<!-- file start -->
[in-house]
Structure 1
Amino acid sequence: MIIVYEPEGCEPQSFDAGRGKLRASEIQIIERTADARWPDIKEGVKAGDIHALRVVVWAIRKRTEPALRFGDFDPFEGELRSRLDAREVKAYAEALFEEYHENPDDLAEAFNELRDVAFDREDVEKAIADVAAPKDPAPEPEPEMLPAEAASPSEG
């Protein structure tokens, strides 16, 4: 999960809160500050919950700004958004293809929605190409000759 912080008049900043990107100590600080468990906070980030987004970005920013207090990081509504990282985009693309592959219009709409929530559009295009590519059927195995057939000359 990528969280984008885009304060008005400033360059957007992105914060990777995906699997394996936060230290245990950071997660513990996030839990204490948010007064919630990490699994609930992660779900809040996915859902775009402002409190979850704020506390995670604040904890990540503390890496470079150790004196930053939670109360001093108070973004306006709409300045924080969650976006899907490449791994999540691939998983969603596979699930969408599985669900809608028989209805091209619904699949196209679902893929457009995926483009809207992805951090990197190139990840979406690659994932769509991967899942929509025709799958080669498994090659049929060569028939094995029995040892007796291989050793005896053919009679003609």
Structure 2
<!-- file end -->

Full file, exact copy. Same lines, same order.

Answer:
[in-house]
Structure 1
Amino acid sequence: MIIVYEPEGCEPQSFDAGRGKLRASEIQIIERTADARWPDIKEGVKAGDIHALRVVVWAIRKRTEPALRFGDFDPFEGELRSRLDAREVKAYAEALFEEYHENPDDLAEAFNELRDVAFDREDVEKAIADVAAPKDPAPEPEPEMLPAEAASPSEG
């Protein structure tokens, strides 16, 4: 999960809160500050919950700004958004293809929605190409000759 912080008049900043990107100590600080468990906070980030987004970005920013207090990081509504990282985009693309592959219009709409929530559009295009590519059927195995057939000359 990528969280984008885009304060008005400033360059957007992105914060990777995906699997394996936060230290245990950071997660513990996030839990204490948010007064919630990490699994609930992660779900809040996915859902775009402002409190979850704020506390995670604040904890990540503390890496470079150790004196930053939670109360001093108070973004306006709409300045924080969650976006899907490449791994999540691939998983969603596979699930969408599985669900809608028989209805091209619904699949196209679902893929457009995926483009809207992805951090990197190139990840979406690659994932769509991967899942929509025709799958080669498994090659049929060569028939094995029995040892007796291989050793005896053919009679003609």
Structure 2